Unexplained Anomalies


By Todd Prescott

Of all the so-called myths in the world—unicorns, mermaids, trolls, dragons, et al.—Sasquatch is the most persistent. The subject matter is also regularly cited in the pages of various print media: books, magazines, newspapers. The Internet is flooded with numerous websites/pages and forums devoted to the subject. Skeptics readily dismiss the tall, hirsute and mostly docile apeman-like creatures as the product of misidentification, vivid imagination, or hoaxing. But no matter how you cut it, Bigfoot just keeps rearing its ugly head, leaving countless witnesses and…

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Rising Above Materialism

By Michael E. Tymn

According to Wikipedia, the free encyclopedia of the Internet, levitation is a process by which an object is held aloft, without mechanical support, in a stable position. A ping-pong ball can be levitated by a stream of air from a vacuum cleaner, a form of aerodynamic levitation. Much more dynamically, high-speed maglev trains are levitated above the rails by a large number of magnets, while a Hovercraft is levitated by a gas flow. As for “paranormal” levitation, including the levitation of humans, Wikipedia explains that,…

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The Possession Factor


Is demonic possession possible? The question crossed my mind as I was researching and writing my latest book, A Witch in the Family, about the Salem witch hysteria and my seven-times-great grandmother, who was hanged as one. How else, I wondered, could the extraordinary symptoms of those who were supposedly witchcraft victims be ex­plained? One had vomited blood in the courtroom in front of the judges and other witnesses. Several had nasty skin lesions and deep impressions that appeared to have been made by human…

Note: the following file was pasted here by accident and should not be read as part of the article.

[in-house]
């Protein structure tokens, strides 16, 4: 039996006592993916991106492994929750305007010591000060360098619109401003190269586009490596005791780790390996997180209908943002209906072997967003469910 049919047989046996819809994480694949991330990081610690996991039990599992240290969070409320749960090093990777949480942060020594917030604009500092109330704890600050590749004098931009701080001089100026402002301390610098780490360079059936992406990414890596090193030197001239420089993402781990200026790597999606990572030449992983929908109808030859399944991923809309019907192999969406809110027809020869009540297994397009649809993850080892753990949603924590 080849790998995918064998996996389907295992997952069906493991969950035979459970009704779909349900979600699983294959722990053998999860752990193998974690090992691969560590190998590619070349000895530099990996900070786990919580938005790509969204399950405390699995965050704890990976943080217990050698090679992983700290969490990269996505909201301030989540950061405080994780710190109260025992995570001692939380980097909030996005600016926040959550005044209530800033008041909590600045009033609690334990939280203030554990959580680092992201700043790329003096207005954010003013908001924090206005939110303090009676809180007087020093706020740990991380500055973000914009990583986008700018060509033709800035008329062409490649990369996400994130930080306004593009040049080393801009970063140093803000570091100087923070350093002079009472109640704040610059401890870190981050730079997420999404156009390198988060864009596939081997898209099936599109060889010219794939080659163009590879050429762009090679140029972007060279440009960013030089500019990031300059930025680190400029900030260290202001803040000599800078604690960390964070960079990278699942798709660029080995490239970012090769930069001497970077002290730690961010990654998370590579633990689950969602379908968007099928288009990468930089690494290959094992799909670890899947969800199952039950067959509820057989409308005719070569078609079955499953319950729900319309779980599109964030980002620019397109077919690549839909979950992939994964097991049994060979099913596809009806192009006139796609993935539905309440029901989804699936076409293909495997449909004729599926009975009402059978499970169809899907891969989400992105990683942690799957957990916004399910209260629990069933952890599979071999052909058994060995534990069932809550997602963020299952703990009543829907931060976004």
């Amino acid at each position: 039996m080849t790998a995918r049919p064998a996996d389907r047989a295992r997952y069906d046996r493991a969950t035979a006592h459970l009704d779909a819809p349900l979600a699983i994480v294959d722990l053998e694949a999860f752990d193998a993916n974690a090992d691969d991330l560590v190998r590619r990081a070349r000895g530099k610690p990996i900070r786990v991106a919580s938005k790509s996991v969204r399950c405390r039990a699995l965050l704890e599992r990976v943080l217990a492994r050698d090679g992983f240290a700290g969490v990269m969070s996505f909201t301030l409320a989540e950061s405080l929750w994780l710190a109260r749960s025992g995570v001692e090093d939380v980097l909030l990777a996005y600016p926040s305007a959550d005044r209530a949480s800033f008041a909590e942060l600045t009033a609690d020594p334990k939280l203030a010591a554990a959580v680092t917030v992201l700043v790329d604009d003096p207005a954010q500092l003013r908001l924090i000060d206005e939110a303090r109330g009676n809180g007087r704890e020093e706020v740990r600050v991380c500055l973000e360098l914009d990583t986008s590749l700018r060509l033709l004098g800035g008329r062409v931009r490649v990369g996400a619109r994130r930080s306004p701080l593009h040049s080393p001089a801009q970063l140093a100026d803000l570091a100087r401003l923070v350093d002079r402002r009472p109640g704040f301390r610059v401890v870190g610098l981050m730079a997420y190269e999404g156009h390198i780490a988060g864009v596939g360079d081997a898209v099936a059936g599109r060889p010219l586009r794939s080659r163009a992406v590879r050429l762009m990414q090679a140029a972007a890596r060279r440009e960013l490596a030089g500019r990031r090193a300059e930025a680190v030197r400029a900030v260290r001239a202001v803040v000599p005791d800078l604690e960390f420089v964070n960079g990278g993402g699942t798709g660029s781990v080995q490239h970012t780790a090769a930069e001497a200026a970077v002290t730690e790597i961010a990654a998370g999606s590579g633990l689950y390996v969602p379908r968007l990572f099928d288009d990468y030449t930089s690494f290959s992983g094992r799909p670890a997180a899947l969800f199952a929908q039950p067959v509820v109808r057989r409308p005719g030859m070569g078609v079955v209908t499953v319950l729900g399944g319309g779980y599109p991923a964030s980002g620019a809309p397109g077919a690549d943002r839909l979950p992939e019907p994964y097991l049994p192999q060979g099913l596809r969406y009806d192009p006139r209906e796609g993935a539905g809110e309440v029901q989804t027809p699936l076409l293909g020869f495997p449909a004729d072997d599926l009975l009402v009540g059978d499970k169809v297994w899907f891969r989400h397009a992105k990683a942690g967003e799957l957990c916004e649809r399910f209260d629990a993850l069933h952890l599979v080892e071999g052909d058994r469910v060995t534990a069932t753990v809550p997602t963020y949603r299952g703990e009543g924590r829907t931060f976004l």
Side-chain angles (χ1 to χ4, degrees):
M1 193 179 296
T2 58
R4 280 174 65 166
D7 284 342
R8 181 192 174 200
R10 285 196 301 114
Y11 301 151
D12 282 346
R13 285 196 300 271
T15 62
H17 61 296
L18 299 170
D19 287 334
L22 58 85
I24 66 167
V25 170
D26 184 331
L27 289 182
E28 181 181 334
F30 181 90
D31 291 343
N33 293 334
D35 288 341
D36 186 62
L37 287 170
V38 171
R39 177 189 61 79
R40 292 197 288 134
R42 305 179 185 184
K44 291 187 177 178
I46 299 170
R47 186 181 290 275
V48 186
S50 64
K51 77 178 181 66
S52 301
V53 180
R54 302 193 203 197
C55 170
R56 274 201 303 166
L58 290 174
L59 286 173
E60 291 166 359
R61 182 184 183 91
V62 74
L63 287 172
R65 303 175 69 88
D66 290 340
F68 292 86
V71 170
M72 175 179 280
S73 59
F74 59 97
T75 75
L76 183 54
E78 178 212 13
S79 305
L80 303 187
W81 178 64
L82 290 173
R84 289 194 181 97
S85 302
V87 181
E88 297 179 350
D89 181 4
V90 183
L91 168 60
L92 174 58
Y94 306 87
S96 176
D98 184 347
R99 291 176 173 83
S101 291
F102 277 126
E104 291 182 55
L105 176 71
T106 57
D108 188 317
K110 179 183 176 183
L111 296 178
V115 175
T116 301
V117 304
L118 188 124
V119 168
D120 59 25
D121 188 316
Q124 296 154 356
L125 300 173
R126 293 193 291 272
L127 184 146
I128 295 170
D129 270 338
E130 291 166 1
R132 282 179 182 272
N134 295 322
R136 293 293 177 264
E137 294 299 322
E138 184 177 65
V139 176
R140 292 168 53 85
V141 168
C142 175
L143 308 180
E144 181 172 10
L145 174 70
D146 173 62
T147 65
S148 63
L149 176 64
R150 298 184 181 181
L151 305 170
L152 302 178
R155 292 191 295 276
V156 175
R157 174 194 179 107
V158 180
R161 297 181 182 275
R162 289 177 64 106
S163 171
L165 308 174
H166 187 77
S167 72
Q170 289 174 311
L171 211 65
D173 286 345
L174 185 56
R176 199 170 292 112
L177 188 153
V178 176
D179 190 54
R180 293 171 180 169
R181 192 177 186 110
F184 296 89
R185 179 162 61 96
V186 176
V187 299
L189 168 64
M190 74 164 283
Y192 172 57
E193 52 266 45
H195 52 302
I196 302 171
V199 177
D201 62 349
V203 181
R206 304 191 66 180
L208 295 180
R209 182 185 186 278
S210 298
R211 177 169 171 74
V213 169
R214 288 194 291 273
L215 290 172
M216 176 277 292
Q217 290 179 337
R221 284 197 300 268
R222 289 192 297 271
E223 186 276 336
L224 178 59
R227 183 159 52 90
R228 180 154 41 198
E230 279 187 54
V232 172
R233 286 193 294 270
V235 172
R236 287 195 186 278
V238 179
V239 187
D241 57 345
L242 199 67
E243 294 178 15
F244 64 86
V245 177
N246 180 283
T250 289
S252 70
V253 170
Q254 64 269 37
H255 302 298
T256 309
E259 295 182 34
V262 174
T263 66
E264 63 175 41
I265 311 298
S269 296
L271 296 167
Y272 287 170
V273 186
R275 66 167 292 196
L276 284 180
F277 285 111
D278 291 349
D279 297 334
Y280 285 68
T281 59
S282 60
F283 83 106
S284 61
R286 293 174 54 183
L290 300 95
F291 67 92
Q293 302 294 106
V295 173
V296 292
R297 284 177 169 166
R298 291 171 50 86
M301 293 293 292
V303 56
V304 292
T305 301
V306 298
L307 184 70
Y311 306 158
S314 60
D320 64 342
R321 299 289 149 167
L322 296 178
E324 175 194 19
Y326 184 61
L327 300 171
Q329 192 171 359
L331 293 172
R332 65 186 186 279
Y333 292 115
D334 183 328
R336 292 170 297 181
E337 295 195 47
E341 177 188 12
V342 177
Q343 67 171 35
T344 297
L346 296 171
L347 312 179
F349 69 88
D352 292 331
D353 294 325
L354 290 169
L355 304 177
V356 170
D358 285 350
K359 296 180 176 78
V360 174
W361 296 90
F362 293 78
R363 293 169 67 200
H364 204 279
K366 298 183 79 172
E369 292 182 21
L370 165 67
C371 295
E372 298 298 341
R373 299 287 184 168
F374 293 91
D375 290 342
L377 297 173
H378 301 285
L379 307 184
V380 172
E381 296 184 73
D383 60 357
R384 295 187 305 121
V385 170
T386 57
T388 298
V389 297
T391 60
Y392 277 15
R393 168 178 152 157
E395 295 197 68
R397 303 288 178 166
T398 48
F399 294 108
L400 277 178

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Technologies of the Animals

By William B. Stoecker

One of the greatest mysteries in the natural world is the amazing ability of certain animals to develop what can only be called technology, ranging from simple burrows and crude nests to the dams and canals built by beavers and the complex structures and the farming and ranching activities of some social insects. No conventional explanation for this is adequate—there is something going on here that modern materialist/reductionist science cannot understand. As far back as the late pre-Cambrian, in the Ediacaran period (635–543 million years…

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Incident at North Berwick

By Jeff Nisbet

Anytime I find myself back in Scotland I try to spend at least one day in North Berwick, a picturesque coastal town about 20 miles to the east of Edinburgh. The views of the offshore islands are glorious. The gulls cry, the waves lap, and it’s a great place to sample some of the fine local seafood. It is also one of the strangest places on the face of the planet. I had known for some time that the area from North Berwick west to…

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Photographing the Invisible